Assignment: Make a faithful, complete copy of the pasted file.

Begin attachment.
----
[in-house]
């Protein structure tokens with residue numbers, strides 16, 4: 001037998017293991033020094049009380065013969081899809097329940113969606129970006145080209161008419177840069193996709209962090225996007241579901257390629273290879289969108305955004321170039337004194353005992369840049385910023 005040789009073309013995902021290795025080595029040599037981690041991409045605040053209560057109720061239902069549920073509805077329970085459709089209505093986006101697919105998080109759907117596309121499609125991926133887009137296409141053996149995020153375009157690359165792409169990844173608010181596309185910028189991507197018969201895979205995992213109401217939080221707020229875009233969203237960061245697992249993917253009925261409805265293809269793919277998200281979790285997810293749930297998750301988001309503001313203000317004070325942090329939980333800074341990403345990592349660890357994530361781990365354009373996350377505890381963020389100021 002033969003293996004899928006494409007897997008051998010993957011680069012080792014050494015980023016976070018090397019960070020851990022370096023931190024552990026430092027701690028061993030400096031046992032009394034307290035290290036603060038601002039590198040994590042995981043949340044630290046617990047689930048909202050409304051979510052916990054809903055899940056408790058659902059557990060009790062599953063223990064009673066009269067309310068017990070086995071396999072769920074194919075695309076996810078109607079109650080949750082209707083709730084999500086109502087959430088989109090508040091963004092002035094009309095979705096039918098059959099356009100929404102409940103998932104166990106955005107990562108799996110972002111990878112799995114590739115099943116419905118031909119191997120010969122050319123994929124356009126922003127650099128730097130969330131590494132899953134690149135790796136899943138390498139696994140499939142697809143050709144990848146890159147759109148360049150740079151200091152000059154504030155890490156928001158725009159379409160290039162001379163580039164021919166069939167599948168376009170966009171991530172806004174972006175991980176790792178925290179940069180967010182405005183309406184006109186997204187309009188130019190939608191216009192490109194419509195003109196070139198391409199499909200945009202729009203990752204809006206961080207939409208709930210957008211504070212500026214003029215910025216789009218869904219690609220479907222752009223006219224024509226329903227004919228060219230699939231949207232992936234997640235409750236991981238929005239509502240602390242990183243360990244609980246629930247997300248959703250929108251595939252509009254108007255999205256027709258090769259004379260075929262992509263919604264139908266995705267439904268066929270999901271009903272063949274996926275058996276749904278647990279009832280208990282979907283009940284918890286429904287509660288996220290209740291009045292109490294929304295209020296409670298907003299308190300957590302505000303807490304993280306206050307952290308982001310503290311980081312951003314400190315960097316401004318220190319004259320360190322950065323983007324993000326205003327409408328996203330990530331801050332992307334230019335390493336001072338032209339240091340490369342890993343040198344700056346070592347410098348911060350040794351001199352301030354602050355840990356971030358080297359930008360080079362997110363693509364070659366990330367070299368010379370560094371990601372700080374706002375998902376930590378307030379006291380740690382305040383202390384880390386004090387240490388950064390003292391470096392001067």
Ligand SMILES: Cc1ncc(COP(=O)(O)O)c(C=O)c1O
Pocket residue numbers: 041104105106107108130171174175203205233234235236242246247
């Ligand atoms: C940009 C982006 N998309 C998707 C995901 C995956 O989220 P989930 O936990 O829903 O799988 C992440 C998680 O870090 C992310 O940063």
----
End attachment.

[in-house]
């Protein structure tokens with residue numbers, strides 16, 4: 001037998017293991033020094049009380065013969081899809097329940113969606129970006145080209161008419177840069193996709209962090225996007241579901257390629273290879289969108305955004321170039337004194353005992369840049385910023 005040789009073309013995902021290795025080595029040599037981690041991409045605040053209560057109720061239902069549920073509805077329970085459709089209505093986006101697919105998080109759907117596309121499609125991926133887009137296409141053996149995020153375009157690359165792409169990844173608010181596309185910028189991507197018969201895979205995992213109401217939080221707020229875009233969203237960061245697992249993917253009925261409805265293809269793919277998200281979790285997810293749930297998750301988001309503001313203000317004070325942090329939980333800074341990403345990592349660890357994530361781990365354009373996350377505890381963020389100021 002033969003293996004899928006494409007897997008051998010993957011680069012080792014050494015980023016976070018090397019960070020851990022370096023931190024552990026430092027701690028061993030400096031046992032009394034307290035290290036603060038601002039590198040994590042995981043949340044630290046617990047689930048909202050409304051979510052916990054809903055899940056408790058659902059557990060009790062599953063223990064009673066009269067309310068017990070086995071396999072769920074194919075695309076996810078109607079109650080949750082209707083709730084999500086109502087959430088989109090508040091963004092002035094009309095979705096039918098059959099356009100929404102409940103998932104166990106955005107990562108799996110972002111990878112799995114590739115099943116419905118031909119191997120010969122050319123994929124356009126922003127650099128730097130969330131590494132899953134690149135790796136899943138390498139696994140499939142697809143050709144990848146890159147759109148360049150740079151200091152000059154504030155890490156928001158725009159379409160290039162001379163580039164021919166069939167599948168376009170966009171991530172806004174972006175991980176790792178925290179940069180967010182405005183309406184006109186997204187309009188130019190939608191216009192490109194419509195003109196070139198391409199499909200945009202729009203990752204809006206961080207939409208709930210957008211504070212500026214003029215910025216789009218869904219690609220479907222752009223006219224024509226329903227004919228060219230699939231949207232992936234997640235409750236991981238929005239509502240602390242990183243360990244609980246629930247997300248959703250929108251595939252509009254108007255999205256027709258090769259004379260075929262992509263919604264139908266995705267439904268066929270999901271009903272063949274996926275058996276749904278647990279009832280208990282979907283009940284918890286429904287509660288996220290209740291009045292109490294929304295209020296409670298907003299308190300957590302505000303807490304993280306206050307952290308982001310503290311980081312951003314400190315960097316401004318220190319004259320360190322950065323983007324993000326205003327409408328996203330990530331801050332992307334230019335390493336001072338032209339240091340490369342890993343040198344700056346070592347410098348911060350040794351001199352301030354602050355840990356971030358080297359930008360080079362997110363693509364070659366990330367070299368010379370560094371990601372700080374706002375998902376930590378307030379006291380740690382305040383202390384880390386004090387240490388950064390003292391470096392001067």
Ligand SMILES: Cc1ncc(COP(=O)(O)O)c(C=O)c1O
Pocket residue numbers: 041104105106107108130171174175203205233234235236242246247
């Ligand atoms: C940009 C982006 N998309 C998707 C995901 C995956 O989220 P989930 O936990 O829903 O799988 C992440 C998680 O870090 C992310 O940063």